Speaking to Defense News at the show, retired Lt. Gen. George Trautman, a former U.S. Marine aviator and commander of all Marine Corps aviation who now works as an adviser for Bell, said the company responded to the RFI through the U.S. government with 50 AH-1Z helicopters.
John Woodbury, Bell’s director of global military business development in the Asia-Pacific region, added that the RFI called for an attack helicopter with “marinization and shipboard compatibility,” with Trautman asserting that the AH-1Z can “operate onboard ships far better than the competition.”
The representatives from Bell said there’s more to marinization than additional corrosion protection from saltwater. They said this also includes foldable rotor blades and other measures that reduce the stowage footprint onboard the limited space on ships, as well as a design that minimizes electromagnetic interference.
The requirement for the new attack helicopter to operate from ships suggests Japan plans to use them on Izumo-class helicopter destroyers or the smaller Hyuga-class of the Japan Maritime Self-Defense Force, which are equipped with a long flight deck to operate multiple helicopters.
Japan will likely require at least a degree of technology transfer and local production for the new helicopters. Bell’s relationship with Japan reaches across 65 years, including the company’s partnership with Fuji Heavy Industries (now Subaru) for production of Japan’s AH-1S helicopters. (Source: Defense News)
29 Nov 18. Hunter Class frigates to boost national economy and jobs. The $35bn SEA 5000 program is expected to deliver thousands of jobs and an unprecedented economic boost around the country, a report released by prime contractor BAE Systems Australia has revealed.
BAE Systems Australia’s report shows that at its peak in 2028, the Hunter Class frigate program will contribute more than 6,300 jobs and just under $1bn in gross domestic product (GDP) to the national economy.
This significant contribution is in addition to the important and ongoing impact of BAE Systems’ activities in Australia, which, the report shows, contributed $1.2bn in 2017 through its work to support the Australian Defence Force at more than 25 major sites across the nation.
BAE Systems Australia chief executive Gabby Costigan said, “BAE Systems has for several decades played a critical role in ensuring the security and prosperity of Australia. We are pleased to release this report today demonstrating that BAE Systems’ involvement in the Hunter Class frigate program alone will more than double the company’s already significant contribution to the national economy.”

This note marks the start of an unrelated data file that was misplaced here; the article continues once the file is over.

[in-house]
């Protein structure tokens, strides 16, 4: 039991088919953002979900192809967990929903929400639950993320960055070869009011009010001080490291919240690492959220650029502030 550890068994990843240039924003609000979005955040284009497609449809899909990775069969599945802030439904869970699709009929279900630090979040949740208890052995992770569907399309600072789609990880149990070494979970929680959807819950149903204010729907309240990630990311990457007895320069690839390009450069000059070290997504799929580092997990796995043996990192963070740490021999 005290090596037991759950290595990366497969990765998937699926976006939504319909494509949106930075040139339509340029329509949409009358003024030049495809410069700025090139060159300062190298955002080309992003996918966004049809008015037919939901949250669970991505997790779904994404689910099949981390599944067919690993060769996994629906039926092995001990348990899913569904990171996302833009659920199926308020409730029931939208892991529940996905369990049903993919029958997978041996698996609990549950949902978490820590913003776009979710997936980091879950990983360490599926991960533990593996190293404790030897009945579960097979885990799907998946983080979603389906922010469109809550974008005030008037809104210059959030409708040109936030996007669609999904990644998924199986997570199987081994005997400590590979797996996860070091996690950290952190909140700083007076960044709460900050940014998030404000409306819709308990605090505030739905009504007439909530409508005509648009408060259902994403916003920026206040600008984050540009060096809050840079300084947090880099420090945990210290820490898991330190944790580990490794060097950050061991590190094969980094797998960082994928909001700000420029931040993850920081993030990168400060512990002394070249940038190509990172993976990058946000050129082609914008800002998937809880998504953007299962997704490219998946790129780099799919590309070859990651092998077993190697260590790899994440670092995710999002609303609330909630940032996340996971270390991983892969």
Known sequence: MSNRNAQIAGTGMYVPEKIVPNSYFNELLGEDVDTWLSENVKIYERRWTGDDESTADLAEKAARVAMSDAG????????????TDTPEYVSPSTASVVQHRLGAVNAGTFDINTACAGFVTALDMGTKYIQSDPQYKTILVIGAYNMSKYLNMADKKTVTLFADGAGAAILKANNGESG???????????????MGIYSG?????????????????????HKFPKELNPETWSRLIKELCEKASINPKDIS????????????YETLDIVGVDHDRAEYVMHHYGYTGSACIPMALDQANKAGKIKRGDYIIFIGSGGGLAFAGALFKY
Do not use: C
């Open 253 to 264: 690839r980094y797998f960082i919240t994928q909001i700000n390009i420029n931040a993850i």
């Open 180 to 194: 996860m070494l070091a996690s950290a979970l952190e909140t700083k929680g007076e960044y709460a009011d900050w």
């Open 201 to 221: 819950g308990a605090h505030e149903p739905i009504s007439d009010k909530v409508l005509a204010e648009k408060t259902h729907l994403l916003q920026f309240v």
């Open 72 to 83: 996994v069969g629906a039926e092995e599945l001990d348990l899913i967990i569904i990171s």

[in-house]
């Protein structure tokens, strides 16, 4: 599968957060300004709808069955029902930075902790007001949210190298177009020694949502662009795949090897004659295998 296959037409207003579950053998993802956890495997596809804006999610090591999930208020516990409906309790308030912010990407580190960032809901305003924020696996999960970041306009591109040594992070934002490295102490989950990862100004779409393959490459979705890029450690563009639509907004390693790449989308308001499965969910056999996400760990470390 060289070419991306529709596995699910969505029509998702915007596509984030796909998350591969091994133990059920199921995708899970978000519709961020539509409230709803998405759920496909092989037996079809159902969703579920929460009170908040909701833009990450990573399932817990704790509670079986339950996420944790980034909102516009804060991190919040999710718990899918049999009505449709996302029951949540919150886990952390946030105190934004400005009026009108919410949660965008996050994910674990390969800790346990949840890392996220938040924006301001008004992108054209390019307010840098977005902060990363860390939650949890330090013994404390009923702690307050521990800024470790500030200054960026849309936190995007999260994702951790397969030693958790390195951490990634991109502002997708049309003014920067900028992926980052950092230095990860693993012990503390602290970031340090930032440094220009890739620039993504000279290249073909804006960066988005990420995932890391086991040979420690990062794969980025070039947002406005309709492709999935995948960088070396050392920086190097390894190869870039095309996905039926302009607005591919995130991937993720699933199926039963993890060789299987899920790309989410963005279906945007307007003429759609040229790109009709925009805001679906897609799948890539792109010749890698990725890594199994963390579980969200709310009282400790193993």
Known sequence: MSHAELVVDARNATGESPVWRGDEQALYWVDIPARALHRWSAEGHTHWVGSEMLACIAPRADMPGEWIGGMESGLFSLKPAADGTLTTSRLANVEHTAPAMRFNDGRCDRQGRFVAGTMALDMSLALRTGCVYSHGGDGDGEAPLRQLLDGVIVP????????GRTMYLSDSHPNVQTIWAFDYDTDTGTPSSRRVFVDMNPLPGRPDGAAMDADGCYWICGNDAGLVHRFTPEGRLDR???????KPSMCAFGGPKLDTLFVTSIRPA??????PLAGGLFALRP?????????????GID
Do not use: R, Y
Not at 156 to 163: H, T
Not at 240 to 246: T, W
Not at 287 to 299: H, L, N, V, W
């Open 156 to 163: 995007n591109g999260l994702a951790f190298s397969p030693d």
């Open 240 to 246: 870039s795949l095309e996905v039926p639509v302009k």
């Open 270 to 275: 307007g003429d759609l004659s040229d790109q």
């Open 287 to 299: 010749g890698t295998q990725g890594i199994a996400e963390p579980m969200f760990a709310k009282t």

The report, titled The economic impact of BAE Systems in Australia and produced by BIS Oxford Economics, shows that every job directly created on the Hunter Class program will have a multiplier effect of 2.7 in 2028.
Modelling estimates the Hunter Class program will contribute $17bn to the national economy and over 6,300 full-time jobs will be generated across Australia at the program’s peak in 2028.
The program’s demand for a highly skilled workforce will also boost advanced technology skills and know-how in South Australia and nationwide.
“Australia’s defence industry plays an indispensable role in supporting the Commonwealth government as it adapts to our changing security environment and grows the capability needed to better protect the nation. As regional defence priorities have changed, we have supported the development of a stronger and more capable sovereign defence industry,” Costigan explained.
The economic modelling shows that the program will also have wide-ranging effects on Australia’s GDP. The report estimates that BAE Systems’ involvement with the Hunter Class program will contribute a total of $17bn to national GDP over the project lifetime (2018-19 to 2047-48).
Defence Minister Christopher Pyne said, “As well as the direct contributions to our national economy, the Hunter Class program will enhance technical knowledge in Australia’s naval shipbuilding enterprise.”
Of this, some $7.1bn will be contributed by BAE Systems direct activities, while the procurement chain will contribute an additional $4.4bn.
The report highlighted the impact of BAE Systems on the Australian economy, including a number of key points, including: